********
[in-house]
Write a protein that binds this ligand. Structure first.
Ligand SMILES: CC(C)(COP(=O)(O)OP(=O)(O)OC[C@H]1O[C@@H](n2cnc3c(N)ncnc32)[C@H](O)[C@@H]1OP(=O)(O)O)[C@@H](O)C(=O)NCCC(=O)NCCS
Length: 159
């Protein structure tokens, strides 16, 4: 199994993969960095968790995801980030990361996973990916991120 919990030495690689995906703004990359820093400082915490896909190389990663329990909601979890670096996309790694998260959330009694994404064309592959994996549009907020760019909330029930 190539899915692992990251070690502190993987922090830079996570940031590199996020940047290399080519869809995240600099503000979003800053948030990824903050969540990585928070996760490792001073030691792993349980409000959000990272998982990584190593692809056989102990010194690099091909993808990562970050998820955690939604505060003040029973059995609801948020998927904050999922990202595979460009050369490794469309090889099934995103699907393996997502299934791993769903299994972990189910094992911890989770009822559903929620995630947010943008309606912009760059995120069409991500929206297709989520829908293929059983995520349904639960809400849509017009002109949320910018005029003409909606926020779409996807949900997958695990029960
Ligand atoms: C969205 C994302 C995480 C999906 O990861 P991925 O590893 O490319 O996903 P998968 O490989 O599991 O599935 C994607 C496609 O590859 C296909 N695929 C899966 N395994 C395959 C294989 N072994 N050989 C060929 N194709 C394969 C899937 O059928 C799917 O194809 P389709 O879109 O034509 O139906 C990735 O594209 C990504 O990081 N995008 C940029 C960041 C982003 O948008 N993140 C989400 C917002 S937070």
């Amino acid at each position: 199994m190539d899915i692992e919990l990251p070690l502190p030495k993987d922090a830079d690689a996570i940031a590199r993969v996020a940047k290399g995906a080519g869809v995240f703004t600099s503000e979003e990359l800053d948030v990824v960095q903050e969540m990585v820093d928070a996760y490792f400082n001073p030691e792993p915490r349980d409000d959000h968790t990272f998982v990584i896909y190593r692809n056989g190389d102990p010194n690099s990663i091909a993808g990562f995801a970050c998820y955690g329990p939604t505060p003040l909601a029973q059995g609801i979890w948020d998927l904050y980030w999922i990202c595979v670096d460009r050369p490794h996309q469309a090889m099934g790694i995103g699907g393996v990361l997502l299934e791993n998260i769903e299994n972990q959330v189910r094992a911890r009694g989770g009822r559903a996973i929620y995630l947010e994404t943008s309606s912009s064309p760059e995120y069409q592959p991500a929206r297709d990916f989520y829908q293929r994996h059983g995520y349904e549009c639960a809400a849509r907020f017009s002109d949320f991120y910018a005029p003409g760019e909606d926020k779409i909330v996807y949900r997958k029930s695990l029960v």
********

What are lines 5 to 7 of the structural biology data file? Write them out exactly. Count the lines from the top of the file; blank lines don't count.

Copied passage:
């Protein structure tokens, strides 16, 4: 199994993969960095968790995801980030990361996973990916991120 919990030495690689995906703004990359820093400082915490896909190389990663329990909601979890670096996309790694998260959330009694994404064309592959994996549009907020760019909330029930 190539899915692992990251070690502190993987922090830079996570940031590199996020940047290399080519869809995240600099503000979003800053948030990824903050969540990585928070996760490792001073030691792993349980409000959000990272998982990584190593692809056989102990010194690099091909993808990562970050998820955690939604505060003040029973059995609801948020998927904050999922990202595979460009050369490794469309090889099934995103699907393996997502299934791993769903299994972990189910094992911890989770009822559903929620995630947010943008309606912009760059995120069409991500929206297709989520829908293929059983995520349904639960809400849509017009002109949320910018005029003409909606926020779409996807949900997958695990029960
Ligand atoms: C969205 C994302 C995480 C999906 O990861 P991925 O590893 O490319 O996903 P998968 O490989 O599991 O599935 C994607 C496609 O590859 C296909 N695929 C899966 N395994 C395959 C294989 N072994 N050989 C060929 N194709 C394969 C899937 O059928 C799917 O194809 P389709 O879109 O034509 O139906 C990735 O594209 C990504 O990081 N995008 C940029 C960041 C982003 O948008 N993140 C989400 C917002 S937070």
């Amino acid at each position: 199994m190539d899915i692992e919990l990251p070690l502190p030495k993987d922090a830079d690689a996570i940031a590199r993969v996020a940047k290399g995906a080519g869809v995240f703004t600099s503000e979003e990359l800053d948030v990824v960095q903050e969540m990585v820093d928070a996760y490792f400082n001073p030691e792993p915490r349980d409000d959000h968790t990272f998982v990584i896909y190593r692809n056989g190389d102990p010194n690099s990663i091909a993808g990562f995801a970050c998820y955690g329990p939604t505060p003040l909601a029973q059995g609801i979890w948020d998927l904050y980030w999922i990202c595979v670096d460009r050369p490794h996309q469309a090889m099934g790694i995103g699907g393996v990361l997502l299934e791993n998260i769903e299994n972990q959330v189910r094992a911890r009694g989770g009822r559903a996973i929620y995630l947010e994404t943008s309606s912009s064309p760059e995120y069409q592959p991500a929206r297709d990916f989520y829908q293929r994996h059983g995520y349904e549009c639960a809400a849509r907020f017009s002109d949320f991120y910018a005029p003409g760019e909606d926020k779409i909330v996807y949900r997958k029930s695990l029960v």